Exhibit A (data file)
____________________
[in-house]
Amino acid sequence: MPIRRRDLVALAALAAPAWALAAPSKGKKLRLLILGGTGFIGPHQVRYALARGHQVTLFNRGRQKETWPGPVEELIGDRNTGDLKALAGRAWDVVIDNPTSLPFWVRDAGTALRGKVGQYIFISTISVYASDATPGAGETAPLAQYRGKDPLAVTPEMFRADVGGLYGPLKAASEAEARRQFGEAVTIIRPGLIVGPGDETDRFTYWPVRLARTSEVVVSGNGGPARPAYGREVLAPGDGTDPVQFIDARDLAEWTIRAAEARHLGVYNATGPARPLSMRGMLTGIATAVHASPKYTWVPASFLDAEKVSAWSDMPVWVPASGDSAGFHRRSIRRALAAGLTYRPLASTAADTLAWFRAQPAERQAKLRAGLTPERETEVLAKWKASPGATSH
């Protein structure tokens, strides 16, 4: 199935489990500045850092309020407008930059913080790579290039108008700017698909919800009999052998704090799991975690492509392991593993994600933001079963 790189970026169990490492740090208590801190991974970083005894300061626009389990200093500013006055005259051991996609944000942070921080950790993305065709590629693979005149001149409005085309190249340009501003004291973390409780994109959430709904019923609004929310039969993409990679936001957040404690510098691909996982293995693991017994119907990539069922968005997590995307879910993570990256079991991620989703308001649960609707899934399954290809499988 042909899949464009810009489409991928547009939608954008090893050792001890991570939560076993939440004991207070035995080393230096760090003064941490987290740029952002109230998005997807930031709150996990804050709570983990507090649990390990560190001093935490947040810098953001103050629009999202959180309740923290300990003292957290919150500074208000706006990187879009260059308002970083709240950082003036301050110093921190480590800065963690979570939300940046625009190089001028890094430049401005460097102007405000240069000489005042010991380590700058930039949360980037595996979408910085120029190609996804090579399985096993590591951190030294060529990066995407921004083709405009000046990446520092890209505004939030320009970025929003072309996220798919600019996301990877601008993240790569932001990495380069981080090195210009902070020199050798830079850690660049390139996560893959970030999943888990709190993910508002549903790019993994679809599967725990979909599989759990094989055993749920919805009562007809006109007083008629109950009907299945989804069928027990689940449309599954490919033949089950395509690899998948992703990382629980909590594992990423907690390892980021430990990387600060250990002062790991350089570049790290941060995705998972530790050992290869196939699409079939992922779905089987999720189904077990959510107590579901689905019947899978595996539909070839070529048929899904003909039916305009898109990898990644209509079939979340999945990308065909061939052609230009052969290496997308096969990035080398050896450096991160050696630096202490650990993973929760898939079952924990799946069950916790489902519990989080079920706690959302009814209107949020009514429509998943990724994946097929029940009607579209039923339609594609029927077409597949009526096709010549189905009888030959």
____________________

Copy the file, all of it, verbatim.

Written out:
[in-house]
Amino acid sequence: MPIRRRDLVALAALAAPAWALAAPSKGKKLRLLILGGTGFIGPHQVRYALARGHQVTLFNRGRQKETWPGPVEELIGDRNTGDLKALAGRAWDVVIDNPTSLPFWVRDAGTALRGKVGQYIFISTISVYASDATPGAGETAPLAQYRGKDPLAVTPEMFRADVGGLYGPLKAASEAEARRQFGEAVTIIRPGLIVGPGDETDRFTYWPVRLARTSEVVVSGNGGPARPAYGREVLAPGDGTDPVQFIDARDLAEWTIRAAEARHLGVYNATGPARPLSMRGMLTGIATAVHASPKYTWVPASFLDAEKVSAWSDMPVWVPASGDSAGFHRRSIRRALAAGLTYRPLASTAADTLAWFRAQPAERQAKLRAGLTPERETEVLAKWKASPGATSH
């Protein structure tokens, strides 16, 4: 199935489990500045850092309020407008930059913080790579290039108008700017698909919800009999052998704090799991975690492509392991593993994600933001079963 790189970026169990490492740090208590801190991974970083005894300061626009389990200093500013006055005259051991996609944000942070921080950790993305065709590629693979005149001149409005085309190249340009501003004291973390409780994109959430709904019923609004929310039969993409990679936001957040404690510098691909996982293995693991017994119907990539069922968005997590995307879910993570990256079991991620989703308001649960609707899934399954290809499988 042909899949464009810009489409991928547009939608954008090893050792001890991570939560076993939440004991207070035995080393230096760090003064941490987290740029952002109230998005997807930031709150996990804050709570983990507090649990390990560190001093935490947040810098953001103050629009999202959180309740923290300990003292957290919150500074208000706006990187879009260059308002970083709240950082003036301050110093921190480590800065963690979570939300940046625009190089001028890094430049401005460097102007405000240069000489005042010991380590700058930039949360980037595996979408910085120029190609996804090579399985096993590591951190030294060529990066995407921004083709405009000046990446520092890209505004939030320009970025929003072309996220798919600019996301990877601008993240790569932001990495380069981080090195210009902070020199050798830079850690660049390139996560893959970030999943888990709190993910508002549903790019993994679809599967725990979909599989759990094989055993749920919805009562007809006109007083008629109950009907299945989804069928027990689940449309599954490919033949089950395509690899998948992703990382629980909590594992990423907690390892980021430990990387600060250990002062790991350089570049790290941060995705998972530790050992290869196939699409079939992922779905089987999720189904077990959510107590579901689905019947899978595996539909070839070529048929899904003909039916305009898109990898990644209509079939979340999945990308065909061939052609230009052969290496997308096969990035080398050896450096991160050696630096202490650990993973929760898939079952924990799946069950916790489902519990989080079920706690959302009814209107949020009514429509998943990724994946097929029940009607579209039923339609594609029927077409597949009526096709010549189905009888030959």